AD Learning And Memory Loss Problems Mimic Jet Lag

Ana de Barros, PhD avatar

by Ana de Barros, PhD |

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Alzheimer's and sleep habits

Findings from a recent study published in the Journal of Alzheimer’s Disease revealed that chemical alterations in brain cells triggered by disruptions in the body’s day-night cycle may be an underlying cause of the memory and learning loss observed in Alzheimer’s disease (AD). The study, conducted by University of California researchers, is the first providing evidence that circadian rhythm-altering sleep disturbances identical to jet lag cause alterations in the brain and memory dysfunctions.

Patients suffering with AD often have sleep problems or experience alterations in their slumber schedule; however, the cause underlying these disruptions remains poorly understood. These novel findings could lead clinicians to put greater emphasis on the management of sleep patterns in people with mild cognitive impairment as well as in those at risk for AD. “The issue is whether poor sleep accelerates the development of Alzheimer’s disease or vice versa,” study author Gregory Brewer, who’s affiliated with UCI’s Institute for Memory Impairments and Neurological Disorders, said in a news release. “It’s a chicken-or-egg dilemma, but our research points to disruption of sleep as the accelerator of memory loss.”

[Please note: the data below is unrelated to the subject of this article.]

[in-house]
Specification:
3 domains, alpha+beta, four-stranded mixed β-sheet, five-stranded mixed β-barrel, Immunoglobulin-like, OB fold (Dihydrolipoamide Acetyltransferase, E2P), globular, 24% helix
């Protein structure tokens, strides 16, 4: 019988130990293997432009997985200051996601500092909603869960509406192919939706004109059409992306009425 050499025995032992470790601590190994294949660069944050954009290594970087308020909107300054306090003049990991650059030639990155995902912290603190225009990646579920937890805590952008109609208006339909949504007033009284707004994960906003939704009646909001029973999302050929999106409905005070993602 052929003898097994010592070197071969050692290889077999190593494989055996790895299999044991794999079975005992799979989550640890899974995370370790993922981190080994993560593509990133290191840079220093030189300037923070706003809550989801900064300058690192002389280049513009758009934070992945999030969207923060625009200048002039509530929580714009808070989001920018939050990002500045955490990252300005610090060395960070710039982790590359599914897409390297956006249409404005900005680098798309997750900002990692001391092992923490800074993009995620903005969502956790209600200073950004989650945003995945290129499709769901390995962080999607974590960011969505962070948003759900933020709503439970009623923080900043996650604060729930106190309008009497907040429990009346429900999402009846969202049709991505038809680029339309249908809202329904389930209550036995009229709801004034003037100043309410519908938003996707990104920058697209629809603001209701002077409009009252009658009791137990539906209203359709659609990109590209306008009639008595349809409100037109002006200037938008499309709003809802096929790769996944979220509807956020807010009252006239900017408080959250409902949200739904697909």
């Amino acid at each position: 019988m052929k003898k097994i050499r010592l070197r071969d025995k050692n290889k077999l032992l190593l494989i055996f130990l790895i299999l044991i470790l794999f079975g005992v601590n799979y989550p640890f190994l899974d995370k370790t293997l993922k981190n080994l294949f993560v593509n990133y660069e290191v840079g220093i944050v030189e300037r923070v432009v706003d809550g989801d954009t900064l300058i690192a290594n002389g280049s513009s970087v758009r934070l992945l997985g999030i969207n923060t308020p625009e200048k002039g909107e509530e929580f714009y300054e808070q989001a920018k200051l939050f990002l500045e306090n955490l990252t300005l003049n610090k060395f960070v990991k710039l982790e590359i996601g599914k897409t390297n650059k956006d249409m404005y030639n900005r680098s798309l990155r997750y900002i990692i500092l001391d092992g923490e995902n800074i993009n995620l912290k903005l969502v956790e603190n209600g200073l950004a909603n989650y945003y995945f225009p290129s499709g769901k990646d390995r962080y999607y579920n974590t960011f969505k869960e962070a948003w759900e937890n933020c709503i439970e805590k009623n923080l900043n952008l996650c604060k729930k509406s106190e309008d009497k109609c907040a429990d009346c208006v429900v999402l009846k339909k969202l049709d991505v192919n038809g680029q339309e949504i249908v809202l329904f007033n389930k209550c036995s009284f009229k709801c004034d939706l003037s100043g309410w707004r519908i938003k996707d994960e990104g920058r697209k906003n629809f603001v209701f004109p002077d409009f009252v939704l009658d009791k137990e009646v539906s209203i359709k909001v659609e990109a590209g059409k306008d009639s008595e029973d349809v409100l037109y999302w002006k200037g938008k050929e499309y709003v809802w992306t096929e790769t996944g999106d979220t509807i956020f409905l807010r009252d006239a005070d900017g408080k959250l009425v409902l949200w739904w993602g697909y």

To evaluate the association between memory and learning and circadian disturbances, researchers altered natural light-dark patterns with an eight-hour shortening of the dark period every three days in normal mice and in mouse models of AD. The resultant jet lag significantly reduced activity in both mice groups, with the team also observing that in water maze tests AD mice had significant impairments in learning which were absent in AD animals that were not exposed to the light-dark variations as well as in normal mice with jet lag.

Follow-up tissue analysis results revealed that jet lag lowered the levels of glutathione, an important antioxidant that prevents damage to key cellular components caused by reactive oxygen species, in brain cells of all mice; however, these levels were much lower in AD mouse models and related to poor performance in the water maze tests. Deficiencies in glutathione are responsible for redox alterations in brain cells, which leads to alterations in the oxidation state of atoms and may affect brain inflammation and metabolism.

Brewer pointed to the accelerated oxidative stress as a vital component in Alzheimer’s-related learning and memory loss and noted that potential drug treatments could target these changes in redox reactions. “This study suggests that clinicians and caregivers should add good sleep habits to regular exercise and a healthy diet to maximize good memory,” he said.